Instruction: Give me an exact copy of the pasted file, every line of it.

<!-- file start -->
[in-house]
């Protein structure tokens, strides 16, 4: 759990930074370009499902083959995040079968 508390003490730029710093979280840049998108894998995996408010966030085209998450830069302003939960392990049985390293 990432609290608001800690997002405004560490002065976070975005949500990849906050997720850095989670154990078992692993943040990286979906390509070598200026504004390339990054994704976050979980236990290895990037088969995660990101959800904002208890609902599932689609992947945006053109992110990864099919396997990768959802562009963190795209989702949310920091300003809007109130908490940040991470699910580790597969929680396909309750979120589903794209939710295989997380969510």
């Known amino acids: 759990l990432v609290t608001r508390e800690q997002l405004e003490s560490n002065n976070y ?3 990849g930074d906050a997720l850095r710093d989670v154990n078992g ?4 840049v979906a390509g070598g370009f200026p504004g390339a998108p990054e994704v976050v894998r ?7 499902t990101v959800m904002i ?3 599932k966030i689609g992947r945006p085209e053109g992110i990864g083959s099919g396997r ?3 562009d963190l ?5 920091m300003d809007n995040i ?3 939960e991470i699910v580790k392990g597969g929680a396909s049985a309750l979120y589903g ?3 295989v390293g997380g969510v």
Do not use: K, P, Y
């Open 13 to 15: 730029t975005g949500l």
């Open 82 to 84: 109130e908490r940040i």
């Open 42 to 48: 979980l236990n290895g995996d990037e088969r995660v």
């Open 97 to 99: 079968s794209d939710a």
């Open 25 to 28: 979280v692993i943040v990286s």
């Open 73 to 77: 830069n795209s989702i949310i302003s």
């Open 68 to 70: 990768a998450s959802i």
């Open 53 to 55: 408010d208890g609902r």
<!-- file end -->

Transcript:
[in-house]
């Protein structure tokens, strides 16, 4: 759990930074370009499902083959995040079968 508390003490730029710093979280840049998108894998995996408010966030085209998450830069302003939960392990049985390293 990432609290608001800690997002405004560490002065976070975005949500990849906050997720850095989670154990078992692993943040990286979906390509070598200026504004390339990054994704976050979980236990290895990037088969995660990101959800904002208890609902599932689609992947945006053109992110990864099919396997990768959802562009963190795209989702949310920091300003809007109130908490940040991470699910580790597969929680396909309750979120589903794209939710295989997380969510």
């Known amino acids: 759990l990432v609290t608001r508390e800690q997002l405004e003490s560490n002065n976070y ?3 990849g930074d906050a997720l850095r710093d989670v154990n078992g ?4 840049v979906a390509g070598g370009f200026p504004g390339a998108p990054e994704v976050v894998r ?7 499902t990101v959800m904002i ?3 599932k966030i689609g992947r945006p085209e053109g992110i990864g083959s099919g396997r ?3 562009d963190l ?5 920091m300003d809007n995040i ?3 939960e991470i699910v580790k392990g597969g929680a396909s049985a309750l979120y589903g ?3 295989v390293g997380g969510v």
Do not use: K, P, Y
């Open 13 to 15: 730029t975005g949500l």
């Open 82 to 84: 109130e908490r940040i």
């Open 42 to 48: 979980l236990n290895g995996d990037e088969r995660v």
């Open 97 to 99: 079968s794209d939710a």
């Open 25 to 28: 979280v692993i943040v990286s």
């Open 73 to 77: 830069n795209s989702i949310i302003s």
């Open 68 to 70: 990768a998450s959802i």
């Open 53 to 55: 408010d208890g609902r």